“Buddy Boy Bob”
Woke up today with the remnants of a sweet dream floating around in my head. As I got ready for work I tried to piece it all together, and make some sense of it, but couldn’t. It remained fragmented and elusive, a montage of scenes from my youth, a blast from the past!
Scene One: A sunny afternoon on Angelino Street. I couldn’t see myself but I knew I was there standing near the corner of Third looking south on Angelino. Several of my friends cars were parked on either side of the street and my red VW was parked behind Paul McCully’s white, Ford panel truck. It is unusually quiet, there isn’t a soul around.
Scene Two: Early evening. I was walking through Memorial Park with my cousin Dave both of us were wearing our green, army field jackets, smoking a cigarette or a joint, I’m not sure which. we were laughing and talking about something.
Scene Three: We’re in my friend Bob’s bedroom. He’s playing guitar. I can see Bob clearly but I’m looking away and can’t see my own face, but I know it’s me. I’m holding a microphone and singing The Door’s, “The End.”
Scene Four: It’s dark out. I’m standing outside my house watching my mom through the kitchen window as she washes dishes. I’m listening to her singing “Que Sera, Sera.” It sounds beautiful. That is all I can remember, four fragments, bits and pieces of a dream or maybe several dreams, who knows? All I know for certain is that that collection of moments touched me and made me feel very nostalgic.
Later on my drive to work good old Jack FM keep my dream alive by playing a moldy oldie, favorite of mine,”Beck’s Bolero” by Jeff Beck. I couldn’t help but smile as I cranked it up. Beck’s Bolero was one of Bob and my favorite stoner songs. I can’t tell you how many times we’d catch a buzz and listen to it again and again. What a trip! Talk about feeling nostalgic! Man, that brought on some great memories!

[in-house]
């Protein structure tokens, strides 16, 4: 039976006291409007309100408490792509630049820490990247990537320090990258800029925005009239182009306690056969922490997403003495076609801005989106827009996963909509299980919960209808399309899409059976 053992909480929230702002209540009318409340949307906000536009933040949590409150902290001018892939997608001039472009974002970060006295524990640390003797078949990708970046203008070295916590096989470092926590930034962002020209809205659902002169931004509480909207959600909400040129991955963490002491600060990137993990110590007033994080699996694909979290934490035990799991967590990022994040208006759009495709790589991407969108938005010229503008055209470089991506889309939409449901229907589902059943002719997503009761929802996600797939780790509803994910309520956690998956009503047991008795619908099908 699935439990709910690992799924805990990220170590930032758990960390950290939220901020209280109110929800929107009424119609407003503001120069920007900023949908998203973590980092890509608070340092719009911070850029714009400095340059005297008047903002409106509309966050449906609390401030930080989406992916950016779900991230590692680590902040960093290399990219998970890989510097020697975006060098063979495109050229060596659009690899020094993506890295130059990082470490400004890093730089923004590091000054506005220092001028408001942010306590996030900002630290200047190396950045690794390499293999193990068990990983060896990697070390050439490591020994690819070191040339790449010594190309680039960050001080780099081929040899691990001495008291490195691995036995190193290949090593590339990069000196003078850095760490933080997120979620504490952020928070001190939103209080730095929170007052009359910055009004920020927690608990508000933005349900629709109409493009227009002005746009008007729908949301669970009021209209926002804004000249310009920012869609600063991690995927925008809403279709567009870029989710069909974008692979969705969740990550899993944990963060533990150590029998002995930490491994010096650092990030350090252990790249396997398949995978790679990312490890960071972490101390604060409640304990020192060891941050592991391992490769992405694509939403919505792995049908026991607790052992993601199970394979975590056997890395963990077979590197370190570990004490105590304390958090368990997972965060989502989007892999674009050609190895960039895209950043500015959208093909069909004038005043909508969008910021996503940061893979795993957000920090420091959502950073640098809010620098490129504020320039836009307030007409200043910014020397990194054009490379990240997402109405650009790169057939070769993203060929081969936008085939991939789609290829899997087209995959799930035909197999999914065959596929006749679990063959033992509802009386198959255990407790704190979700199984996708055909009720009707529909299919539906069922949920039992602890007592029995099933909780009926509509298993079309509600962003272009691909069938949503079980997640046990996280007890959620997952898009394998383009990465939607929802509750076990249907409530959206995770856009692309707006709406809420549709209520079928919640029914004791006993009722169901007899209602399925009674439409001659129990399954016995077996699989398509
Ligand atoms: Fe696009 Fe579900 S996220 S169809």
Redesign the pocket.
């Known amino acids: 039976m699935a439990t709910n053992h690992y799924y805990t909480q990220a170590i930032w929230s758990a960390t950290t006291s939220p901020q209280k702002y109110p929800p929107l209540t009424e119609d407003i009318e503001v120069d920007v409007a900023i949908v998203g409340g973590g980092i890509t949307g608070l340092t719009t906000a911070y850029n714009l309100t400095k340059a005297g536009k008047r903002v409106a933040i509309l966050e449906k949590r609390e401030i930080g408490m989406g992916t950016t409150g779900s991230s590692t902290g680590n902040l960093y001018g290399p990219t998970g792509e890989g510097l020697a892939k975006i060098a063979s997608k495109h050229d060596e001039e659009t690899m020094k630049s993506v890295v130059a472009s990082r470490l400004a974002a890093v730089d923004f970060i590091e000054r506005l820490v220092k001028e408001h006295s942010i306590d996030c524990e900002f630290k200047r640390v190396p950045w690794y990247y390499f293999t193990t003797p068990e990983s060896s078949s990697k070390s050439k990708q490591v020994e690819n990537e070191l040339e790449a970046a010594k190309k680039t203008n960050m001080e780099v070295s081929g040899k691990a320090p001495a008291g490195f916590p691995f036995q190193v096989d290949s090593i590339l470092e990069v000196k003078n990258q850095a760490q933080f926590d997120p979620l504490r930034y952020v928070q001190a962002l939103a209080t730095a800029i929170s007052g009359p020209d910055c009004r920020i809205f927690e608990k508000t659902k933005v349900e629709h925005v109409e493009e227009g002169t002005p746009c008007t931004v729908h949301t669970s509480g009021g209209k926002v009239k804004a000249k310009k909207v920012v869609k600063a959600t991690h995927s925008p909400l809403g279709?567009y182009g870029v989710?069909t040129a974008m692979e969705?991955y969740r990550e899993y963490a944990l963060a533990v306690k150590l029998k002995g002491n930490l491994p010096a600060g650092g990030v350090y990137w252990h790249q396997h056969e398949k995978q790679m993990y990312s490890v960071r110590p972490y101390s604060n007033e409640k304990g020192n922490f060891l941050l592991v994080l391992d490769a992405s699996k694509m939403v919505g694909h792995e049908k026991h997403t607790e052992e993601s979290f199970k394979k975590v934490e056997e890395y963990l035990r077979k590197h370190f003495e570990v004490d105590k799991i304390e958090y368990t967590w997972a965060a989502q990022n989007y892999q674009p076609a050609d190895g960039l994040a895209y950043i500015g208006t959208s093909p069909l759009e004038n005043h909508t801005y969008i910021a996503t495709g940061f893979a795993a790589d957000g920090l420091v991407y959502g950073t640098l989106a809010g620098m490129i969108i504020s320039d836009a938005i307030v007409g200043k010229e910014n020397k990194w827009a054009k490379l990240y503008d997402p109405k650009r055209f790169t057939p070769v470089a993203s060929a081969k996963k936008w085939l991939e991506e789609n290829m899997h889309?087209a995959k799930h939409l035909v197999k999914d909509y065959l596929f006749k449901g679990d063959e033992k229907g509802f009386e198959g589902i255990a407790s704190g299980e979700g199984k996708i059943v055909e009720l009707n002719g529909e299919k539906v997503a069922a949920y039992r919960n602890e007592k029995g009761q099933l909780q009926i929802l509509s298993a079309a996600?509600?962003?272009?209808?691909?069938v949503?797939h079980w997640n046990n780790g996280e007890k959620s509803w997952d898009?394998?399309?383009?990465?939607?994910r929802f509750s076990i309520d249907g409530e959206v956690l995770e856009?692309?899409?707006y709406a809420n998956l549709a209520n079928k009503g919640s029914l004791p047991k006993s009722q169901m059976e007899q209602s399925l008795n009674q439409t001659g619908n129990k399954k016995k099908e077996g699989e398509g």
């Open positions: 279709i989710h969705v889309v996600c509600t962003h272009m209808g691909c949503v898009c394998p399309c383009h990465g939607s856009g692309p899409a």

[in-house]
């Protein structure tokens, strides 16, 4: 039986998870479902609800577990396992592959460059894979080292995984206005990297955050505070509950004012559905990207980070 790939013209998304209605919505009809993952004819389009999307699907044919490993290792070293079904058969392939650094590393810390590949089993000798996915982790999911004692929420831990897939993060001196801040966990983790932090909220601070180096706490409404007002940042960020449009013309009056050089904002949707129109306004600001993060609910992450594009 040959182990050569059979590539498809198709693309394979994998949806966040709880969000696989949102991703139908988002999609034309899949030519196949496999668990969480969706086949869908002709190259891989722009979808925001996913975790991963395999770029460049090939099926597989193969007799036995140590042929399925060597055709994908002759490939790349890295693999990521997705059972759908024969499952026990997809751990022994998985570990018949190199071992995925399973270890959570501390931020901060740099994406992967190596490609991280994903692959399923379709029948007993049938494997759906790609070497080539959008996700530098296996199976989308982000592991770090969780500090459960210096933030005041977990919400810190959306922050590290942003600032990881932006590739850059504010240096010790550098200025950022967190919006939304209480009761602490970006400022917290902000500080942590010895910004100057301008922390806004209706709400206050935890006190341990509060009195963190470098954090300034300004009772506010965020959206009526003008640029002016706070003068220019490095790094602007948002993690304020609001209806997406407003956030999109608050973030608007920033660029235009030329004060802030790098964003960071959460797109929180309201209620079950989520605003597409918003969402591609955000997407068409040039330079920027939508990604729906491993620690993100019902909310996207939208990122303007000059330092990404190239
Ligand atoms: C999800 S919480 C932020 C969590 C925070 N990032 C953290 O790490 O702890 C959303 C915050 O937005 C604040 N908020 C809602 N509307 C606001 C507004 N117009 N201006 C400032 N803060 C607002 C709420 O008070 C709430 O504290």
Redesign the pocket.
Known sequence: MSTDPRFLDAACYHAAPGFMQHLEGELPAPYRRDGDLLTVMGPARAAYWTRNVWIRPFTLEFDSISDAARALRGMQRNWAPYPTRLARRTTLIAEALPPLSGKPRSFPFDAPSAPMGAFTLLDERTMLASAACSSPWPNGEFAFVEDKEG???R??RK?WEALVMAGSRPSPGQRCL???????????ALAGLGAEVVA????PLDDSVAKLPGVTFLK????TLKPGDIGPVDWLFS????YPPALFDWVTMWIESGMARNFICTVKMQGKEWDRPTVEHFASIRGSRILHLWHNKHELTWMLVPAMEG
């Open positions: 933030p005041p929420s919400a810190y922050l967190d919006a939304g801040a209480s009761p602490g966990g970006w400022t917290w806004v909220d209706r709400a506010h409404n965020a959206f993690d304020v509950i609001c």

And that’s the kind of day I had, I worked with students all day, but try as I might, I couldn’t turn off the memories. In the back of my mind it was 1969 all over again. Bob and I were seniors, having the time of our lives! All the while the sweet refrains of “Beck’s Bolero,” played on…
I first met Bob in the fall of 1962 while serving my sixth grade sentence in the parochial penitentiary known as St. Frances of Rome Catholic School in Azusa. I was incarcerated there for nearly four years. Back then St. Frances was not a very good place for a child to get an education. Father Dugan, our beloved pastor and cousin of film star Spencer Tracy was a notorious alcoholic and was prone to tip a few before saying mass. There were quite a few tales about his alcoholic exploits.
As if that wasn’t bad enough, one of his assistant pastor’s showed an unusual amount of interest in the eight grade lovelies, and enjoyed coming out at recess and lunch time to hug and be hugged by them. (at least he wasn’t into boys) But it was the nuns who truly made Saint Frances of Rome a living hell! They were the worst kind of religious zealots and our teachers as well. Most days they were too wrapped up in reminding us of all the sins we were committing and trying to save our souls, to actually teach. They liked to refer to themselves as Brides of Christ and that was probably true. I can’t imagine any man in his right mind who would have wanted to be married to any one of them, particularly Sister’s Regis, Mary Daniels and Simplicia.
Sister Anastacia was our sixth grade teacher. She was a tall, burly woman who walked with a stoop, she was jokingly referred to as “The Bear.” Of all the nuns, she was the most pleasant. On that particular October morning we were sitting in our already crowded classroom when Sister Regis, our principal, appeared at the door. At her side stood a young Robert. Even after all these years I can still see him standing in the doorway, trying hard not to show any sign of fear or nervousness, wearing a tough guy mask that seemed to say, “first day in a new school, so what, no big deal.” Unfortunately the mask he wore didn’t fit well. Many of us sensed the apprehension he fought so hard to hide. He would have been better off looking a little nervous or uneasy. I believe it was the tough guy role that got him into trouble with the guys and kept Bob from being fully accepted into the flock until months later.